Detrimental effect of apoptosis of lymphocytes at an early time point of experimental abdominal sepsis
1 2nd Department of Surgery, University of Thessaloniki, Medical School, Thessaloniki, Greece
2 4th Department of Internal Medicine, University of Athens, Medical School, Athens, Greece
BMC Infectious Diseases 2011, 11:321 doi:10.1186/1471-2334-11-321Published: 20 November 2011
Apoptosis of lymphocytes is considered a late sequelum in the sepsis cascade. The role of apoptosis of lymphocytes as a driver of final outcome was investigated.
Abdominal sepsis was induced after cecal ligation and puncture (CLP) in 31 rabbits. Blood was sampled at serial time intervals and peripheral blood mononuclear cells (PBMCs) were isolated. Apoptosis of lymphocytes and monocytes was measured through flow cytometric analysis. PBMCs were stimulated with LPS and Pam3Cys for the release of tumor necrosis factor-alpha (TNFα). Tissue bacterial growth was quantitatively measured. In a second set of experiments, CLP was performed in another 40 rabbits; 20 received single intravenous infusions of ciprofloxacin and of metronidazole 4 hours after surgery.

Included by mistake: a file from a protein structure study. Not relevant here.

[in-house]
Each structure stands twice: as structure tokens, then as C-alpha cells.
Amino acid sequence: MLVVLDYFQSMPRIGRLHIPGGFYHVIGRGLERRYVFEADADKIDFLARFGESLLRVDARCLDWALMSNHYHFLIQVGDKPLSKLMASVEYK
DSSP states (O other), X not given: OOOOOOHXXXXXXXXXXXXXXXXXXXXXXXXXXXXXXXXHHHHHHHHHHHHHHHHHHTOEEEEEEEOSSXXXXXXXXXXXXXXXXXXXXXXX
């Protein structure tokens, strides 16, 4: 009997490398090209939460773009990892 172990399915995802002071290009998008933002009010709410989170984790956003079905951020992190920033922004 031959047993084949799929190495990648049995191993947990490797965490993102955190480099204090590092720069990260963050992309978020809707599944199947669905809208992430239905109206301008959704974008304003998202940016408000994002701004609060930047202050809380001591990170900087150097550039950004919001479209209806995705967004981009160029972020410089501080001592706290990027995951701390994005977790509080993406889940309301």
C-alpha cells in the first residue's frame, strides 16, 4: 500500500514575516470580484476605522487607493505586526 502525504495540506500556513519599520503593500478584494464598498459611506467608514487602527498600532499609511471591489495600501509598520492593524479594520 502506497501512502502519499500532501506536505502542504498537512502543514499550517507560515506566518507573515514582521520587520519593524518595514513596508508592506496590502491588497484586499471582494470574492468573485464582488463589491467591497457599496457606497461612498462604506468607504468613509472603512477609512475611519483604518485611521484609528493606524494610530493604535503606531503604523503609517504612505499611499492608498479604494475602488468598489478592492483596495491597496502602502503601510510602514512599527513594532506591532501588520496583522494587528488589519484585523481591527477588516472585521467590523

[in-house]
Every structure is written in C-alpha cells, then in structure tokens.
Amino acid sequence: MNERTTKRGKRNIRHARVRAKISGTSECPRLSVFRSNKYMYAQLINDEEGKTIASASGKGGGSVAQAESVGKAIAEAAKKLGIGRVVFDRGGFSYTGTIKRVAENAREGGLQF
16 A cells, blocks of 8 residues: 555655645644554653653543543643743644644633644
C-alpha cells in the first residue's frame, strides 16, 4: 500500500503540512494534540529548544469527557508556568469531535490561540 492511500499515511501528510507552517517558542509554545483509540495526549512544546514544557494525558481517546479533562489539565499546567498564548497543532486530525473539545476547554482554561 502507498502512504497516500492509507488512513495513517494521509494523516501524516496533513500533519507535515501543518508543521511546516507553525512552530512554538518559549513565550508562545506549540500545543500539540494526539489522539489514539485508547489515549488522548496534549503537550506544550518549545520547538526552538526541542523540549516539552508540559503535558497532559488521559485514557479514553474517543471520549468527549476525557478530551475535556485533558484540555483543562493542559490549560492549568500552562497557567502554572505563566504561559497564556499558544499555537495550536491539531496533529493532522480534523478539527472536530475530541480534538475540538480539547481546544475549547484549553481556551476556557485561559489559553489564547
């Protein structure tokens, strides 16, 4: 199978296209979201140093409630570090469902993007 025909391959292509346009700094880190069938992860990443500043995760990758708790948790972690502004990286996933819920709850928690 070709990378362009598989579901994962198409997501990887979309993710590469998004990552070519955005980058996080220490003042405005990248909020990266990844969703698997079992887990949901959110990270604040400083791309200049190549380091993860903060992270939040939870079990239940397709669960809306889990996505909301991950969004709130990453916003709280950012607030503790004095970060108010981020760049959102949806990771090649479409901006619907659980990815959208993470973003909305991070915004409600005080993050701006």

Animals were divided into two groups based on the percentage of lymphocyte apoptosis at 4 hours after surgery; less than or equal to 32% and more than 32%. Survival of the former was shorter than the latter (p: 0.017). Tissue growth was similar between groups. Apoptosis of lymphocytes and of monocytes was lower in the former group over follow-up. Release of ΤNFα did not differ. The above findings on survival were repeated in the second set of experiments. Administration of antimicrobials prolonged survival of the former group (p: 0.039) but not of the latter group (pNS).
Lymphocyte apoptosis at an early time point of experimental peritonitis is a major driver for death. A lower percentage of apoptosis leads earlier to death. Antimicrobials were beneficial even at that disease state.